Online grooming CARI report 2018


The CARI helpline team have been reporting that young people’s unsupervised use of the internet is a dangerous place for them. It has become very concerning that perpetrators of sexual abuse have found a new and quite often devastating way of targeting, grooming and sexually violating very vulnerable children.
It is our experience that online groomers DO NOT always pose as children but, manipulate children through “small talk” to gain a sense of trust immediately.
Online groomers will hunt out “vulnerable children” by accessing things like a young person’s Facebook page where they post every aspect of their lives for others to see.
It seems the attention received (the number of likes) is valuable to them and they measure their worth on other’s perceptions. It is this measurement tool that then causes them to go along with what is been asked of them for fear of what others will think.
Groomers gain a child’s attention and trust by giving the child lots of attention through advice and compliments which in time eventually leads to sexually orientated talk.
Quite often after gaining the young person’s trust the next step for the abuser is to use all photos and comments as a blackmailing tool or to hold secrecy, which in turn pulls the child in deeper.


CARI Helpline:


Approximately 10% of calls to the CARI helpline concerned online grooming and inappropriate contact by adults with minors. Parents have described the effects on children as becoming “withdrawn”, “upset”, or “outraged” and being secretive about who they’re talking to and what they’re doing online or on their mobile phone.
When the person abusing you is invisible, the child or young person who is sexually abused on line can begin to see the world as a very unsafe place.  Everything in their life can become a potential threat.  The anonymous face in the crowd, that young man looking at them on the train, that person walking slowly behind them suddenly takes on a new and devastating meaning. The world is now no longer seen as a safe place and the child or young person lives their life under the constant fear of attack.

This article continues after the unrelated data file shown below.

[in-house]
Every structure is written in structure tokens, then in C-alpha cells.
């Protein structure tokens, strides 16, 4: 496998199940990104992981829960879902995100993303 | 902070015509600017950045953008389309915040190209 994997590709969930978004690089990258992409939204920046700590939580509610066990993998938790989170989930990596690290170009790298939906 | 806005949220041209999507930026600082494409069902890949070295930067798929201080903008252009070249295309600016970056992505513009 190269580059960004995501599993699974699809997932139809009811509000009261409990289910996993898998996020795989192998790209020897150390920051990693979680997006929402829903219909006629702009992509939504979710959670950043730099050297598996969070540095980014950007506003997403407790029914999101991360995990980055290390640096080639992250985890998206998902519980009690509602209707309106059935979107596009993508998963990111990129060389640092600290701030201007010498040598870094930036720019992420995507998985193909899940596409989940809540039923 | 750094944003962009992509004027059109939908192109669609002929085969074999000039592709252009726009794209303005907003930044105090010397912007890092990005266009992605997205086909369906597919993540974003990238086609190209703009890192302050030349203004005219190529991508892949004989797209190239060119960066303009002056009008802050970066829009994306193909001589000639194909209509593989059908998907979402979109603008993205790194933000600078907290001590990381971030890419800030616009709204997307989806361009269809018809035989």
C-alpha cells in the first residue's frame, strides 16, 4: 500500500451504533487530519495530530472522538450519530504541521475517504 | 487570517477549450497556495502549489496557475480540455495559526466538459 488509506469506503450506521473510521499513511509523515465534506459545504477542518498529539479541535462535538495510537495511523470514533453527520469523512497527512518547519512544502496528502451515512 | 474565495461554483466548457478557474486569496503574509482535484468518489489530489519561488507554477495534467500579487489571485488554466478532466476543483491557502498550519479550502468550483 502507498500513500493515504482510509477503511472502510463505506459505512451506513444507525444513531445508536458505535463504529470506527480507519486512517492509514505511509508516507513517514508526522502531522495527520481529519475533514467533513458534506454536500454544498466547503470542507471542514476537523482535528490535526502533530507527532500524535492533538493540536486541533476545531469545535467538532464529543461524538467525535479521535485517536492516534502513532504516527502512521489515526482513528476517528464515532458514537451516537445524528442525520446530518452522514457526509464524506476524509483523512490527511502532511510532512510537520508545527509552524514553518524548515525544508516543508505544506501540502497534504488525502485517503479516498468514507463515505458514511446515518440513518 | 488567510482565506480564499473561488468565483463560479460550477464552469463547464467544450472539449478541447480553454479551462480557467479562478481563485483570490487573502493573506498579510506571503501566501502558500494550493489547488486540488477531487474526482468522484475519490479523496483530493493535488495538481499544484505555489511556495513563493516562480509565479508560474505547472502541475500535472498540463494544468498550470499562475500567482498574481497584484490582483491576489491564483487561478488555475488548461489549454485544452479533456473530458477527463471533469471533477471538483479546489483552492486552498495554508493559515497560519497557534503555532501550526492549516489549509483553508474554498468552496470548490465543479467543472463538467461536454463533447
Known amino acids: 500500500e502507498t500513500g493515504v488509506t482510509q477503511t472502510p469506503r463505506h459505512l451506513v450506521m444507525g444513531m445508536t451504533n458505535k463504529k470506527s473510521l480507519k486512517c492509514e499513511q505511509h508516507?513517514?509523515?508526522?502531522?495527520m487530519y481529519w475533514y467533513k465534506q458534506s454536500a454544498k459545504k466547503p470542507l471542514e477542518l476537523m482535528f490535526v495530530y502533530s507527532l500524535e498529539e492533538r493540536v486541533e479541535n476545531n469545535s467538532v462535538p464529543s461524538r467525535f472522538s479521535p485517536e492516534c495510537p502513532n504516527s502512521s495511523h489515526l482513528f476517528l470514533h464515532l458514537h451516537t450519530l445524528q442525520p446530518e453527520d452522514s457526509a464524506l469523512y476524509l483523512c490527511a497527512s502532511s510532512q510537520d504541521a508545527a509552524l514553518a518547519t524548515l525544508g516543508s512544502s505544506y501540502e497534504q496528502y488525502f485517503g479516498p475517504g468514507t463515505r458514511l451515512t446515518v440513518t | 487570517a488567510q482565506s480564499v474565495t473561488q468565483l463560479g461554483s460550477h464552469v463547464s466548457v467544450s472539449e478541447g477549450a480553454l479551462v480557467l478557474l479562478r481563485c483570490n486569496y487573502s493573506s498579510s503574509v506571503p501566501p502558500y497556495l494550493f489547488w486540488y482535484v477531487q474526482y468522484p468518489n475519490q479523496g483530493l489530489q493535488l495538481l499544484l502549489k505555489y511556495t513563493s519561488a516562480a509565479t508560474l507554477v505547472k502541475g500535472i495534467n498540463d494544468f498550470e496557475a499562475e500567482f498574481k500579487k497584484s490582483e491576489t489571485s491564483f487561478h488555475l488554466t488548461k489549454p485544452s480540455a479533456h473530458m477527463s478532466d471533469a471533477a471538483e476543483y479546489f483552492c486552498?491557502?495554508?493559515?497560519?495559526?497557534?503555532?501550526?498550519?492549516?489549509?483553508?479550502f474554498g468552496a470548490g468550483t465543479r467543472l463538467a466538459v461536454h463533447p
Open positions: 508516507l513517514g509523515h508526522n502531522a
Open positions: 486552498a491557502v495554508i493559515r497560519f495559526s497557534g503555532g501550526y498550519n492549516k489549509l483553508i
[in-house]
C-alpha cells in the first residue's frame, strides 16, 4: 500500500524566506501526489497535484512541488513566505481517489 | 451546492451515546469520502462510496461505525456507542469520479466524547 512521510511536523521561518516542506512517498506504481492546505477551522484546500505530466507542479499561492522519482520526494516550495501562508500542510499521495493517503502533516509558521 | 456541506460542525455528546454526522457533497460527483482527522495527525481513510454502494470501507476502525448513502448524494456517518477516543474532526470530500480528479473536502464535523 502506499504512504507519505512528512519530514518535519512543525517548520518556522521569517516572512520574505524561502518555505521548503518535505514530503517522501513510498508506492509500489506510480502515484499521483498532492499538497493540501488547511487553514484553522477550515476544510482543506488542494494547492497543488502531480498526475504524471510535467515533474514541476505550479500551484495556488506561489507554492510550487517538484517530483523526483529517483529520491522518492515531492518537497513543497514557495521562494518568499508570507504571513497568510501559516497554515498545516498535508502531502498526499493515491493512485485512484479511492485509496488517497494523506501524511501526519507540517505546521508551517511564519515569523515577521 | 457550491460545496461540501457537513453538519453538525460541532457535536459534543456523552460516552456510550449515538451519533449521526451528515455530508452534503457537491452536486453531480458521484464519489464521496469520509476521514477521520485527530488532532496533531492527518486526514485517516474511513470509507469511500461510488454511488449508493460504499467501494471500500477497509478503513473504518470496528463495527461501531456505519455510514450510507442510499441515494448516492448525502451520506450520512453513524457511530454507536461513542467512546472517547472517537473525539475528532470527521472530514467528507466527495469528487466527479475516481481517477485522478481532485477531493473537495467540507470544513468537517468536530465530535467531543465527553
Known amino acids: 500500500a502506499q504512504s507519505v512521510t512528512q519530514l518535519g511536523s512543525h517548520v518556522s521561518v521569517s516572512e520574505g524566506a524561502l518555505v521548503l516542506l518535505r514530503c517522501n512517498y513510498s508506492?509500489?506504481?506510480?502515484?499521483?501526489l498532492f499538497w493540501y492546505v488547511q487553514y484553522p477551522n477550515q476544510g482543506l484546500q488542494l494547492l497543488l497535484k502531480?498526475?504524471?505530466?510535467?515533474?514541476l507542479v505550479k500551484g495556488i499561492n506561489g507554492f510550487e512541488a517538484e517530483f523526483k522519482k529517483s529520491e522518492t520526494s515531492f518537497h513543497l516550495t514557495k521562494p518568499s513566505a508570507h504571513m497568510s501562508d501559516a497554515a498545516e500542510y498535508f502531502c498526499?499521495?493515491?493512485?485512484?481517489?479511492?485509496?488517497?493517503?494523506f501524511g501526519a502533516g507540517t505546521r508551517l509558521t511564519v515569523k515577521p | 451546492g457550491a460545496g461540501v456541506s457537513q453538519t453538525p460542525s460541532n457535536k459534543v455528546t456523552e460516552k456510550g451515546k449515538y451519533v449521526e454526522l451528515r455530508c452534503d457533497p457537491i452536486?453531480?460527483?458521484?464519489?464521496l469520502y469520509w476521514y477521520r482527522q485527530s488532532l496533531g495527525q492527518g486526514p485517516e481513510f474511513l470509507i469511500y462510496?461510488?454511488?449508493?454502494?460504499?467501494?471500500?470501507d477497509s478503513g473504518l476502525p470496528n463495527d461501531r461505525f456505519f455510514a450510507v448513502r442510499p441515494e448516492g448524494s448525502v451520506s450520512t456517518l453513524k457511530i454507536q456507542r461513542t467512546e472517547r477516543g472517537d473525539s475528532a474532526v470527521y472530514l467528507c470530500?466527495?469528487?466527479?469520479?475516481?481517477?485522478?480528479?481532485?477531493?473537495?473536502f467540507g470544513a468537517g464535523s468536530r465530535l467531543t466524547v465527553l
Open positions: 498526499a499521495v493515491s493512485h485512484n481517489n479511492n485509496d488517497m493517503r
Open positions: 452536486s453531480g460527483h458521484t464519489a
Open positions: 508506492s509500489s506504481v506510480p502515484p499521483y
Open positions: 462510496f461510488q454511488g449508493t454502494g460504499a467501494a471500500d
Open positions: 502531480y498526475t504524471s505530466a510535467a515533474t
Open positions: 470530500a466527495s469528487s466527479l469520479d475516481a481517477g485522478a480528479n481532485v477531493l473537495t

Children who have been abused on line describe feeling “depressed”, “worthless”, “angry”, “tricked” and “dirty”.  Young people reported believing that everyone will think that somehow, they deserved it or that it is their fault. Some young people also described bullying and taunting by their peers in school following incidents of online abuse.

Garda investigations of online grooming may involve taking statements from the child, and also removing items like phones and computers to analyze them. When the I.P. address of the alleged groomer is found to be overseas, the case may then be referred to Interpol.  The process is often slow and parents report feeling frustrated by the system as their opportunity for justice diminishes on the international front.  TUSLA Child Protection services often close these cases once disclosed, as the child is no longer seen as at ongoing risk.    The isolation for the child or young person even after disclosure is alarming due to the lack of appropriate responses or services available. 
There is a need for early intervention and education to begin at a young age starting early in primary schools.  Parents often find themselves at a loss as to how to monitor their children and need support and encouragement in relation to protecting their children.  It is impossible to keep children away from all technology in this day and age, but responsible parental monitoring is imperative. 
CARI provides a lo-call and confidential National Helpline which provides information and support to individuals and professionals with a concern about child sexual abuse.  CARI also provides advice appointments to parents, professionals or any other individual to explore their concerns in relation to child sexual abuse. 

CARI Helpline 1890 924567 
www.cari.ie